The Twickenham Museum
People : Writers, Poets and Historians

Sir Humphrey Lynd
A life writing in the cause of religion
1579 - 1636

Cambridge Park, later Twickenham Meadows, and Richmond Bridge in an engraving by J Landseer

Lynd, Lynde or Lind

Born of a Dorset family, Humphrey Lynd was knighted in 1613 by James I. He came to live at the house later known as Cambridge Park, in Twickenham in about 1616. At the time the property was second only in size to Twickenham Park, at 74 acres, and he probably built the mansion. According to Edward Ironside he also bought land in Whitton to start a warren and built a house there subsequently occupied by Thomas Annesley.

His family name was variously spelt as Lynd, Lynde or Line.

Tilting at Rome

Humphrey devoted his life writing in the cause of religion, tilting at the Church of Rome. One of his tracts, Via Tuta provoked a response from a Jesuit priest entitled A Pair of Spectacles for Sir Humphrey Lynd to which he responded with A Case for Sir Humphrey Lynd's Spectacles.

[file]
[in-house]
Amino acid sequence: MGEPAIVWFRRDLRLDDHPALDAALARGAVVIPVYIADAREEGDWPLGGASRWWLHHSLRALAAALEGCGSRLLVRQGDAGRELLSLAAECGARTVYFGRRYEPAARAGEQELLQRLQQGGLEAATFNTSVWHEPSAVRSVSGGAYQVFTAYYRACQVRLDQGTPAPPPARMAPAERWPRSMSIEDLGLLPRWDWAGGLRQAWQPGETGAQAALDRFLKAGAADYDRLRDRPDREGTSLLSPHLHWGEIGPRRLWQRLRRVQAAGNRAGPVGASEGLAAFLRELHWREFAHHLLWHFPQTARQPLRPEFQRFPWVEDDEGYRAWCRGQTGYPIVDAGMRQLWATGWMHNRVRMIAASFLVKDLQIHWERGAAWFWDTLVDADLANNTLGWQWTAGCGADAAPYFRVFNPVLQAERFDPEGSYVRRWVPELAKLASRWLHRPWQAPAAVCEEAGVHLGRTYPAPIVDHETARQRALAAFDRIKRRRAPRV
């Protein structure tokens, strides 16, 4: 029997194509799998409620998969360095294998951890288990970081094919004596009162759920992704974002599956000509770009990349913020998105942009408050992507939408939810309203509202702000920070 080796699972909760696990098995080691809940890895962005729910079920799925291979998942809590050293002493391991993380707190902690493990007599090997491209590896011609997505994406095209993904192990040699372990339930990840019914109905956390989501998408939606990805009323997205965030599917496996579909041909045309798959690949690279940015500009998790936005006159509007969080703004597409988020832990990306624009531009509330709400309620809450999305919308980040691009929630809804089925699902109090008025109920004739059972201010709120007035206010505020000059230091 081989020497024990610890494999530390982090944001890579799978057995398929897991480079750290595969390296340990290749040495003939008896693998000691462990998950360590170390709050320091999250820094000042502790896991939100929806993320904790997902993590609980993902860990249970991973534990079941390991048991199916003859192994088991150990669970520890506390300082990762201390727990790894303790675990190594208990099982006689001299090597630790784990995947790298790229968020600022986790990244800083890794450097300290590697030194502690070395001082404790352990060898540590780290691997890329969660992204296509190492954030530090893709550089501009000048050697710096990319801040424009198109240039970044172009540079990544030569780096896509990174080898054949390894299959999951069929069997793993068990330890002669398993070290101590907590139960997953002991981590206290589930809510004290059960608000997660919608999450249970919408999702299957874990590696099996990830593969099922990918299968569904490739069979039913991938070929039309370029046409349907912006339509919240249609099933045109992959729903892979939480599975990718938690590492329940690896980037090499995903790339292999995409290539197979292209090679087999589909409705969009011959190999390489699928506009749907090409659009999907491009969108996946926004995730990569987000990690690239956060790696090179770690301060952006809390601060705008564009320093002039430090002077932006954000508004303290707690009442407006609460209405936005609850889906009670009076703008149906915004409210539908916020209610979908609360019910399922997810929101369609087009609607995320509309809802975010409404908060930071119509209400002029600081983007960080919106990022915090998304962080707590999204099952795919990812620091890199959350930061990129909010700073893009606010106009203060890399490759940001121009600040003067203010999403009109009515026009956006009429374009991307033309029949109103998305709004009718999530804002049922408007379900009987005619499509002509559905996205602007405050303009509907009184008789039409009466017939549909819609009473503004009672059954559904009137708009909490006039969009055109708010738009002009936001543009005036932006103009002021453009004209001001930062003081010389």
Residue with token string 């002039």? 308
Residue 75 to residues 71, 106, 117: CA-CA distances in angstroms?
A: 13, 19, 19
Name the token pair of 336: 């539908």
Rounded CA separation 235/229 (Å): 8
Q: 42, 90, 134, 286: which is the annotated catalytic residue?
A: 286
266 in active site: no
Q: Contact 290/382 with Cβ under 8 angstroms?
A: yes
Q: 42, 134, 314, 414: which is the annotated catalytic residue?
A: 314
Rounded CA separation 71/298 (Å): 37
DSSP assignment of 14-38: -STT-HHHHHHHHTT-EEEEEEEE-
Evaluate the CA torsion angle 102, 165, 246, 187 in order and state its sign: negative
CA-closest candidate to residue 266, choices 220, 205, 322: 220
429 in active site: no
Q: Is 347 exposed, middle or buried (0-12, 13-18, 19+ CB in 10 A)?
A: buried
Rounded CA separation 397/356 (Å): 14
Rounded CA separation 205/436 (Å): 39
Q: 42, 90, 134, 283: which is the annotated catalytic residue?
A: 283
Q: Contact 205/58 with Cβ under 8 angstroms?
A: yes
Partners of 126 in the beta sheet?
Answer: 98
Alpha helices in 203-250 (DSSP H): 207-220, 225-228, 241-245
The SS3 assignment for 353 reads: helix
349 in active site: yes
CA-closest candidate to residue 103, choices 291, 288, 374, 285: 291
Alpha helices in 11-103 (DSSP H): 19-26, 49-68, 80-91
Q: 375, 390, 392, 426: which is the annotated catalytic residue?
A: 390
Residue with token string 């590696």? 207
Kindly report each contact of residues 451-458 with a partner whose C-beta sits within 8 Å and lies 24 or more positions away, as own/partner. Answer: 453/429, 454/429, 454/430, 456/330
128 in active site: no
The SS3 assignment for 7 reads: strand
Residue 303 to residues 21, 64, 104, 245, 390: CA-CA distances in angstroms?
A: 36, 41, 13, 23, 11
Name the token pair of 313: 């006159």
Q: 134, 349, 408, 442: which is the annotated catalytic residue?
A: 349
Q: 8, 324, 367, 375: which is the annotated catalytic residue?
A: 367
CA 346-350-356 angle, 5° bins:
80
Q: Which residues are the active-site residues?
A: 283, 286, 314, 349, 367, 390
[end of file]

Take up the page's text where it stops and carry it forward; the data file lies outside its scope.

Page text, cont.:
He would have seen the publication, in 1611, of the new translation of the bible, sponsored by his monarch.

The family moves to Cobham

His five children, four daughters and a son, also Humphrey, were born at Twickenham and their baptisms recorded in the registers of St Mary the Virgin.

Succeeding to a family estate near Cobham in Surrey the family moved away in 1630. Where, falling ill, he died on 8 June 1636 testifying with his last breath his constancy to the reformed church and was buried in the parish church at Cobham.

Further reading:

Maureen Bunch, Cambridge Park Twickenham and its Owners, Borough of Twickenham Local History Society Paper no63, 1989
R S Cobbett, Memorials of Twickenham, 1872

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